Enjoy,

This morning I put the plumber teflon tape (which I did not need to buy), not too much (a couple of tours to avoid cracking like Possum Hill below suggested). It works very well, no leak, just a very smooth feel. It is like having a new pen. Now I can enjoy my Tiger Think. I'll try the silicon grease. Any brand? What should I look for exactly? I don't know much about this. I'm afraid to make a mistake that can ruin the plastic. Thanks anyway.

#8 jonro

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Posted 23 September 2009 - 00:11

Nice looking pen. Does the nib unscrew? Can it be replaced with a standard Bock nib? What is the length of the Think Tigre?

#9 lovemy51

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Posted 19 October 2009 - 08:54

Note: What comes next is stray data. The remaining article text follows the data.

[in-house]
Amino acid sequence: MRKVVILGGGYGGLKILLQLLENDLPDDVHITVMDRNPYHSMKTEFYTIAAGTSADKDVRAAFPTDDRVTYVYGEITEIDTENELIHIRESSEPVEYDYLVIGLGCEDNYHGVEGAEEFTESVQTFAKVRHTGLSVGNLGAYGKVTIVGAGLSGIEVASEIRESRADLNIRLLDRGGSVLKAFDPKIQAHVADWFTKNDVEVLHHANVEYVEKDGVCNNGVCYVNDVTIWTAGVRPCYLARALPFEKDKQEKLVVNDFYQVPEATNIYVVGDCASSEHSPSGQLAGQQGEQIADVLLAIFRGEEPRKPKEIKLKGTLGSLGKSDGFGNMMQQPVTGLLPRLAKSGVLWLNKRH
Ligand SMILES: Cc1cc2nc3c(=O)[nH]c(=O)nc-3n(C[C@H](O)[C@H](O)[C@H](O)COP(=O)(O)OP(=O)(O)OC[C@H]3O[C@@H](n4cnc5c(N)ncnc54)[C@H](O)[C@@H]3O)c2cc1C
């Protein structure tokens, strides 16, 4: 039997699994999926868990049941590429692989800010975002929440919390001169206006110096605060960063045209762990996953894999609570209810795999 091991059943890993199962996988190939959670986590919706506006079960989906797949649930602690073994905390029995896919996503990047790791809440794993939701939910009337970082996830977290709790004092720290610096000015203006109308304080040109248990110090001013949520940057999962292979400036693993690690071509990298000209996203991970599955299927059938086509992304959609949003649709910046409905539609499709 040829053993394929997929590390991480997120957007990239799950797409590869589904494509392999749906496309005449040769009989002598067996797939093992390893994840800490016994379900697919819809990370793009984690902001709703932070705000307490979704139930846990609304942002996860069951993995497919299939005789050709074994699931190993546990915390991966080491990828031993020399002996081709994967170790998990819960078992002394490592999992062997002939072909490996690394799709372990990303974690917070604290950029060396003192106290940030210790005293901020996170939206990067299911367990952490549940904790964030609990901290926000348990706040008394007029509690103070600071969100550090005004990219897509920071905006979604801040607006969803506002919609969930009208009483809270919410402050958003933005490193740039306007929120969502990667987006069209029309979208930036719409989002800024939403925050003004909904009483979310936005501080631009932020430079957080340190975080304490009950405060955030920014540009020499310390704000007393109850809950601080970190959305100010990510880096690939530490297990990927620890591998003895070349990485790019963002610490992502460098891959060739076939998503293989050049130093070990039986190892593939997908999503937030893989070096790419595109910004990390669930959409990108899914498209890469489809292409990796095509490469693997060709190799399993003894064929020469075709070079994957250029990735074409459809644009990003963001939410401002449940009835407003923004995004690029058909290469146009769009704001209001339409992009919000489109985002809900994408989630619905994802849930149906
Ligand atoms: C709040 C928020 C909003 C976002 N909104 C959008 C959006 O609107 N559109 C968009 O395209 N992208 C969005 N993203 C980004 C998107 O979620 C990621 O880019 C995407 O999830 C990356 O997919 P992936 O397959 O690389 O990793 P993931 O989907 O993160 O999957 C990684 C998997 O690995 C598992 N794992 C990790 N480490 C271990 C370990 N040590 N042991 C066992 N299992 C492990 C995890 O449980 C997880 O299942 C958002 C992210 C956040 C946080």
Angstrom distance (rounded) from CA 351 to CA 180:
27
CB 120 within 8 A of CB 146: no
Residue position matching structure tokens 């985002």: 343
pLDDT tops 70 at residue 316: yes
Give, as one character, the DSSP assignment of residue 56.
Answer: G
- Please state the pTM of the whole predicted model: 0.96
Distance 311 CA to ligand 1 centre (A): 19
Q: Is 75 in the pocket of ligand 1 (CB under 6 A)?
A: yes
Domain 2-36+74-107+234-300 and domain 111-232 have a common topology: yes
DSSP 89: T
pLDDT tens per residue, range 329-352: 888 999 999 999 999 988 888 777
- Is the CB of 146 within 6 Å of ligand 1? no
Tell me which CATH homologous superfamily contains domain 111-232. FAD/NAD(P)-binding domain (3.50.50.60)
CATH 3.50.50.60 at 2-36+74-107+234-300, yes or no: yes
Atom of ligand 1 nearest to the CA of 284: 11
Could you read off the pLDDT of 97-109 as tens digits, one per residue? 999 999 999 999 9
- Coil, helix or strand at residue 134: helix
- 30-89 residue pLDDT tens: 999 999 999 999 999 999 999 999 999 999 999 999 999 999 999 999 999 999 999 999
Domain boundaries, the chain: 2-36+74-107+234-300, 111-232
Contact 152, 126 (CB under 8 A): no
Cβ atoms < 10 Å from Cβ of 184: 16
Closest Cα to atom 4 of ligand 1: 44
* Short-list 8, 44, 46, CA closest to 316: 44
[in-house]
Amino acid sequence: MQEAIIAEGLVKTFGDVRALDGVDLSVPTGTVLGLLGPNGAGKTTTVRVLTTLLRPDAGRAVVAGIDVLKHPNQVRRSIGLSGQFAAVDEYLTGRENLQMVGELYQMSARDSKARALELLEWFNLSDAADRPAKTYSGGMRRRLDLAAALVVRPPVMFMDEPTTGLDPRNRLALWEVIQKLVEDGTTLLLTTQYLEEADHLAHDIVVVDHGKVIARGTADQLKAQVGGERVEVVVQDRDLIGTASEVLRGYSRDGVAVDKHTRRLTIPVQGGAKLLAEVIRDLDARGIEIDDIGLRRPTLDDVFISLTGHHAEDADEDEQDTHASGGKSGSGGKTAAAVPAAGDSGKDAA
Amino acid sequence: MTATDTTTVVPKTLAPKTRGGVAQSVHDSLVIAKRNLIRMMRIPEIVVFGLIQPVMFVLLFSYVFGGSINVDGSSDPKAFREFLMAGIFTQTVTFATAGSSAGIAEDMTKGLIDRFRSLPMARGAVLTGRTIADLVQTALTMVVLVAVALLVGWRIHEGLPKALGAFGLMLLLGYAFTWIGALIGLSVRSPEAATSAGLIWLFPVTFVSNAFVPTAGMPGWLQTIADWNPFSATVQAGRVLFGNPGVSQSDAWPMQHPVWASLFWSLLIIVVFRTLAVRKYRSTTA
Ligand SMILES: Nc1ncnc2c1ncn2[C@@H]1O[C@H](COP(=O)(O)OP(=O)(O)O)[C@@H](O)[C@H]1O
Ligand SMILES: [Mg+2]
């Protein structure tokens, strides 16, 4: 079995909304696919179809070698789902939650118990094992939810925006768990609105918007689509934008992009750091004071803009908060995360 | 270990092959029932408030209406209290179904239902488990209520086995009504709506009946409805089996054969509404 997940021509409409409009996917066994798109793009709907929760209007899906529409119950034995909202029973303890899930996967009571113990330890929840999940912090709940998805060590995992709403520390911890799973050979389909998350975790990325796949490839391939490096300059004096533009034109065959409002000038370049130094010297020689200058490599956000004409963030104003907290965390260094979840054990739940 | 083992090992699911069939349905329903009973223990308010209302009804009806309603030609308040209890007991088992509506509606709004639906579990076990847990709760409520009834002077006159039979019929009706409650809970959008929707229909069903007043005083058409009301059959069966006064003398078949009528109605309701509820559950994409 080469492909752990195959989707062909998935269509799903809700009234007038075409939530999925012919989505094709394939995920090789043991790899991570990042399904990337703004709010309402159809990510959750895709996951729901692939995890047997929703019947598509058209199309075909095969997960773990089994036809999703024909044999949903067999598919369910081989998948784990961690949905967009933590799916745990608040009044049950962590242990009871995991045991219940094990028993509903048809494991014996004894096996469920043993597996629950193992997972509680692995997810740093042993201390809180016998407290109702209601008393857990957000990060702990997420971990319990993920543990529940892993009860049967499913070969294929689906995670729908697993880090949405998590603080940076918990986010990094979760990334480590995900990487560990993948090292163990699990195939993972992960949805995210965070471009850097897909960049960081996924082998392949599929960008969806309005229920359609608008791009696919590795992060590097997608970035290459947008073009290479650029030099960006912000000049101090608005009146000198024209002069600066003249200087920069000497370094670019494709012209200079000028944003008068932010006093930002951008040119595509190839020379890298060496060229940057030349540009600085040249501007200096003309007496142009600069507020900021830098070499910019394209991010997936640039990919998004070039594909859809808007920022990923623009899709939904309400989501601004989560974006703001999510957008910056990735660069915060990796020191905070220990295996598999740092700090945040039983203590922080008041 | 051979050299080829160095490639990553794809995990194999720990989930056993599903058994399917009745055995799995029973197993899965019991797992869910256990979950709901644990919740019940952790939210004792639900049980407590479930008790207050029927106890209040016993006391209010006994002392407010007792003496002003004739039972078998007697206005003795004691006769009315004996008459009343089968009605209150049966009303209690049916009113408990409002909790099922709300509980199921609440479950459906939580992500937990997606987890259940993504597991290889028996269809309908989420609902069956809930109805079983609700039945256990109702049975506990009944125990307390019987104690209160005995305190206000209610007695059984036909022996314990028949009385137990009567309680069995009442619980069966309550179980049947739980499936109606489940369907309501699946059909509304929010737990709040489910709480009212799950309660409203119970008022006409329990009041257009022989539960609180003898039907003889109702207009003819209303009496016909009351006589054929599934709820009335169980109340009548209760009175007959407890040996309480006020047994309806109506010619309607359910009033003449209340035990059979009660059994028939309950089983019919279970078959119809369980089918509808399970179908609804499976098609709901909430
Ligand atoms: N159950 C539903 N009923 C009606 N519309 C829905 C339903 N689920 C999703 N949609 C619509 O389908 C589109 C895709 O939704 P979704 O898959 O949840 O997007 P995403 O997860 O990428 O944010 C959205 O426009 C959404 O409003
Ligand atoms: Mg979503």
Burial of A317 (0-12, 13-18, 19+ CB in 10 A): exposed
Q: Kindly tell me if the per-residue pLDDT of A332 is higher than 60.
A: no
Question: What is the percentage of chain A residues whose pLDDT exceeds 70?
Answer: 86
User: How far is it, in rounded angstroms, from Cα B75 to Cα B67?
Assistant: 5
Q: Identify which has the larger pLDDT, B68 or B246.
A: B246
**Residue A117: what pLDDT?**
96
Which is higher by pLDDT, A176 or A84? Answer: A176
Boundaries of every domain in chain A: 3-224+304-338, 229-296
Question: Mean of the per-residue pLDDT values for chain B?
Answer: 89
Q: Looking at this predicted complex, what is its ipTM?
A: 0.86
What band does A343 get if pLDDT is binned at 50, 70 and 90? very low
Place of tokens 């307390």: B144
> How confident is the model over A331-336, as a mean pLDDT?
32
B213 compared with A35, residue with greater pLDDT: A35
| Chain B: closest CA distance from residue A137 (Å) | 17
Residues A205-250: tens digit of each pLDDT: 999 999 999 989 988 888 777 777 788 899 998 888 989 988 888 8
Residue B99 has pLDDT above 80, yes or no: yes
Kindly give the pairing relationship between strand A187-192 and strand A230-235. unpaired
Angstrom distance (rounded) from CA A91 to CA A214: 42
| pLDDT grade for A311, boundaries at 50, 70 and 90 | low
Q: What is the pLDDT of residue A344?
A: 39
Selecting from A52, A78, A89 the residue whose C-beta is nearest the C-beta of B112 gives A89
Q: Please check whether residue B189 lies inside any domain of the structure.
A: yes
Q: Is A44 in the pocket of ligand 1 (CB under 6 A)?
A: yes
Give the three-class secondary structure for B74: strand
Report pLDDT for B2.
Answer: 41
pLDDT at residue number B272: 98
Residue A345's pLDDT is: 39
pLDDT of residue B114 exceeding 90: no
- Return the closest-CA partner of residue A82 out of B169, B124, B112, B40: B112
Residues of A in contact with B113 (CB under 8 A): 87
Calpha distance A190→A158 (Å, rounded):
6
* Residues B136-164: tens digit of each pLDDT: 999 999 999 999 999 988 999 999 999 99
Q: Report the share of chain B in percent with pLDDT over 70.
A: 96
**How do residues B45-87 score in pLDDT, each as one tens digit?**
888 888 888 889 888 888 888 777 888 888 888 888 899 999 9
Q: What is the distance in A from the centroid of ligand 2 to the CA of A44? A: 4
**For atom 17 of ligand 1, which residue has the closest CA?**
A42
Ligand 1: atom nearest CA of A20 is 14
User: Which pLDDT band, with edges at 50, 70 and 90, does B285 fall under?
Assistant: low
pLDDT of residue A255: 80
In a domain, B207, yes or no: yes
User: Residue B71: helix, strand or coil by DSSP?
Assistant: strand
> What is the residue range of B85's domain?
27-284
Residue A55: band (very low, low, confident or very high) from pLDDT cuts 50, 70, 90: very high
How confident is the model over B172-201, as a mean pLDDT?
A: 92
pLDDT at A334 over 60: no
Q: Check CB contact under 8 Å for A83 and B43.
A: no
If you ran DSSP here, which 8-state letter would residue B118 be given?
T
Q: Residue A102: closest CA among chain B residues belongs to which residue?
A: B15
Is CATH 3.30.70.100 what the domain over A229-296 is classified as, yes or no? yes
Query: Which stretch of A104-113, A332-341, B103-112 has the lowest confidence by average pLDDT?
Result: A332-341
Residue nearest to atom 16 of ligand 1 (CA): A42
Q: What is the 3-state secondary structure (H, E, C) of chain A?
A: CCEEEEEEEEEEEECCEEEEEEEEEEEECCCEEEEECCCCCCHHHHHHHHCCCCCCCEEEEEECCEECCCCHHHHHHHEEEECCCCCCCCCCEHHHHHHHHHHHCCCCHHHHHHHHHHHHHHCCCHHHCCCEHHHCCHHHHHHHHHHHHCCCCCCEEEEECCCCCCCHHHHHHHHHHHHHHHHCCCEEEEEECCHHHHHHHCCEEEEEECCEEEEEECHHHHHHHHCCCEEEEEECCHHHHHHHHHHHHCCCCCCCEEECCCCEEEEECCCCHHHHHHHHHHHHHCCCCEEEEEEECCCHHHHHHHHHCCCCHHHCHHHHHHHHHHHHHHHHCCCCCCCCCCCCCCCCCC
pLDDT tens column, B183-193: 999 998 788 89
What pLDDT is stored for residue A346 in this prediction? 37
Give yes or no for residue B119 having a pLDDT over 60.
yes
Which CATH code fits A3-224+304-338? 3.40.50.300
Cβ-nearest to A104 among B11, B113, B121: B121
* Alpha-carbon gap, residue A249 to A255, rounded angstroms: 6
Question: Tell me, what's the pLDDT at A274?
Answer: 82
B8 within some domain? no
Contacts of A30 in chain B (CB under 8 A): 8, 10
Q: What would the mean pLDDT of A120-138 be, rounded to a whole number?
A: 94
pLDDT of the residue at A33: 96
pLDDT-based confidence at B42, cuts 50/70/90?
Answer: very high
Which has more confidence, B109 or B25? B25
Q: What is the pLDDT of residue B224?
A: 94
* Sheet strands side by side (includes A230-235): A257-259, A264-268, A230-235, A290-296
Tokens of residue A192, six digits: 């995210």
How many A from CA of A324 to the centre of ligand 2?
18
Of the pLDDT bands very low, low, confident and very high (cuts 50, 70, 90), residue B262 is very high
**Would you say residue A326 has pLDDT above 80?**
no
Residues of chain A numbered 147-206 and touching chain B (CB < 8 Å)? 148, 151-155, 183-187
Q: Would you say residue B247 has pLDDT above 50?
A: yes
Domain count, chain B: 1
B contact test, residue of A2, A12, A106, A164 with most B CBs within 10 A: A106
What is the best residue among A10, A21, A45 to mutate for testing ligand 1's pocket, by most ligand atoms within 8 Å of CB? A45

i bought a gatsby model (pic from the peartree): http://www.peartreep...1090 fp rdt.htm

Posted Image

the nib is quite smooth, but it starved after a page or so of writing. just a few minutes ago i finished flossing the feed channel and that's all it took. now it's working extremely well!

if one can find one of these pens for less than $80, than it is a decent purchase (i got mine for $60, shhhhh, can't say where).

honestly, i was gonna return it in the morning, but decided to work on it first, cause' i think the resin is just beautiful, plus i love the minimal trim work and flat top (i've become fascinated with these now) and if i could get it to write well it's worth keeping. now that i've done just that, it's a keeper!!

Edited by lovemy51, 19 October 2009 - 09:02.


#10 Brian

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Posted 19 October 2009 - 22:50

Nice pen with a most interesting pattern. Let us know if you find it inspirational as you work through your writing chores.





#11 jjlax10

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Posted 07 May 2010 - 20:24

Has anyone had problems with ink flowing to the nib? Flushing the pen out did not solve the problem.